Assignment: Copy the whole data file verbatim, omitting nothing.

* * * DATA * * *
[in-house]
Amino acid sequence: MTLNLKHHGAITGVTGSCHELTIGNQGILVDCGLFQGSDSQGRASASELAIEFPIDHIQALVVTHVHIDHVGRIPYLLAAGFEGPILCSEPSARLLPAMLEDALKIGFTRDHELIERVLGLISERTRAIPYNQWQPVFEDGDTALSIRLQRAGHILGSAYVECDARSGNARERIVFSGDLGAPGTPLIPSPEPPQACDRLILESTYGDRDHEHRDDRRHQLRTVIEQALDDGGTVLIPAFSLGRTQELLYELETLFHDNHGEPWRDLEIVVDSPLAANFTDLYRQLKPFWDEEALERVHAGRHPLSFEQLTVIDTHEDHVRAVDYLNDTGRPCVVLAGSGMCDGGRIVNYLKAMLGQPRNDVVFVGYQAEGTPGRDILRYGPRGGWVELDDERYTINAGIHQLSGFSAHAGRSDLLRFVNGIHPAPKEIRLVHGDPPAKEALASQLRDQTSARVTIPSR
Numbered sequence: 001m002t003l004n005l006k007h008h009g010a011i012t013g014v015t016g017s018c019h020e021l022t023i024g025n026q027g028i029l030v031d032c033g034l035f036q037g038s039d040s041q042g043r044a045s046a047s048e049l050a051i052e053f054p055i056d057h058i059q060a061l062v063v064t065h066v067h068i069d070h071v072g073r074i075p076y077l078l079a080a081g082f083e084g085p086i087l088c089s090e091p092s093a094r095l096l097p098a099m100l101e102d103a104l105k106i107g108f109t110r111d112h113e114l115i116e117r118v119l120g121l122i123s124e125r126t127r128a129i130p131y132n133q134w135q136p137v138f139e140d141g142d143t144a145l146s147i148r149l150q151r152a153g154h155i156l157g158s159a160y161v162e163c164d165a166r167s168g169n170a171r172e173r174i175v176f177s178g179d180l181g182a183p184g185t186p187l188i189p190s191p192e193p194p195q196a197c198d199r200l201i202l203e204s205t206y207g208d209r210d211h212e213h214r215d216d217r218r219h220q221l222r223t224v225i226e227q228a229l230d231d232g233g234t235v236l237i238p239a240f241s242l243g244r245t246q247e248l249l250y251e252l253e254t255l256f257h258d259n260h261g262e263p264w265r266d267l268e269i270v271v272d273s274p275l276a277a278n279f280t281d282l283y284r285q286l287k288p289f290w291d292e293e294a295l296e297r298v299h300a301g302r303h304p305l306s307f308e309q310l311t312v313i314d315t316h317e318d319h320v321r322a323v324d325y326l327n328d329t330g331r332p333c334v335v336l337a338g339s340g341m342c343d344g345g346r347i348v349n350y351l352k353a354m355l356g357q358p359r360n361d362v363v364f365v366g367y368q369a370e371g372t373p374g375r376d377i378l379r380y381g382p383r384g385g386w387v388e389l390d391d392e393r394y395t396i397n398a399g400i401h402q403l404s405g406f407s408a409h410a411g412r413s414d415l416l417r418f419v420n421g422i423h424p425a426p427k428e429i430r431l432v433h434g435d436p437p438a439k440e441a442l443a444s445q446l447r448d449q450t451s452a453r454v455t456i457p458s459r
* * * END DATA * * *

[in-house]
Amino acid sequence: MTLNLKHHGAITGVTGSCHELTIGNQGILVDCGLFQGSDSQGRASASELAIEFPIDHIQALVVTHVHIDHVGRIPYLLAAGFEGPILCSEPSARLLPAMLEDALKIGFTRDHELIERVLGLISERTRAIPYNQWQPVFEDGDTALSIRLQRAGHILGSAYVECDARSGNARERIVFSGDLGAPGTPLIPSPEPPQACDRLILESTYGDRDHEHRDDRRHQLRTVIEQALDDGGTVLIPAFSLGRTQELLYELETLFHDNHGEPWRDLEIVVDSPLAANFTDLYRQLKPFWDEEALERVHAGRHPLSFEQLTVIDTHEDHVRAVDYLNDTGRPCVVLAGSGMCDGGRIVNYLKAMLGQPRNDVVFVGYQAEGTPGRDILRYGPRGGWVELDDERYTINAGIHQLSGFSAHAGRSDLLRFVNGIHPAPKEIRLVHGDPPAKEALASQLRDQTSARVTIPSR
Numbered sequence: 001m002t003l004n005l006k007h008h009g010a011i012t013g014v015t016g017s018c019h020e021l022t023i024g025n026q027g028i029l030v031d032c033g034l035f036q037g038s039d040s041q042g043r044a045s046a047s048e049l050a051i052e053f054p055i056d057h058i059q060a061l062v063v064t065h066v067h068i069d070h071v072g073r074i075p076y077l078l079a080a081g082f083e084g085p086i087l088c089s090e091p092s093a094r095l096l097p098a099m100l101e102d103a104l105k106i107g108f109t110r111d112h113e114l115i116e117r118v119l120g121l122i123s124e125r126t127r128a129i130p131y132n133q134w135q136p137v138f139e140d141g142d143t144a145l146s147i148r149l150q151r152a153g154h155i156l157g158s159a160y161v162e163c164d165a166r167s168g169n170a171r172e173r174i175v176f177s178g179d180l181g182a183p184g185t186p187l188i189p190s191p192e193p194p195q196a197c198d199r200l201i202l203e204s205t206y207g208d209r210d211h212e213h214r215d216d217r218r219h220q221l222r223t224v225i226e227q228a229l230d231d232g233g234t235v236l237i238p239a240f241s242l243g244r245t246q247e248l249l250y251e252l253e254t255l256f257h258d259n260h261g262e263p264w265r266d267l268e269i270v271v272d273s274p275l276a277a278n279f280t281d282l283y284r285q286l287k288p289f290w291d292e293e294a295l296e297r298v299h300a301g302r303h304p305l306s307f308e309q310l311t312v313i314d315t316h317e318d319h320v321r322a323v324d325y326l327n328d329t330g331r332p333c334v335v336l337a338g339s340g341m342c343d344g345g346r347i348v349n350y351l352k353a354m355l356g357q358p359r360n361d362v363v364f365v366g367y368q369a370e371g372t373p374g375r376d377i378l379r380y381g382p383r384g385g386w387v388e389l390d391d392e393r394y395t396i397n398a399g400i401h402q403l404s405g406f407s408a409h410a411g412r413s414d415l416l417r418f419v420n421g422i423h424p425a426p427k428e429i430r431l432v433h434g435d436p437p438a439k440e441a442l443a444s445q446l447r448d449q450t451s452a453r454v455t456i457p458s459r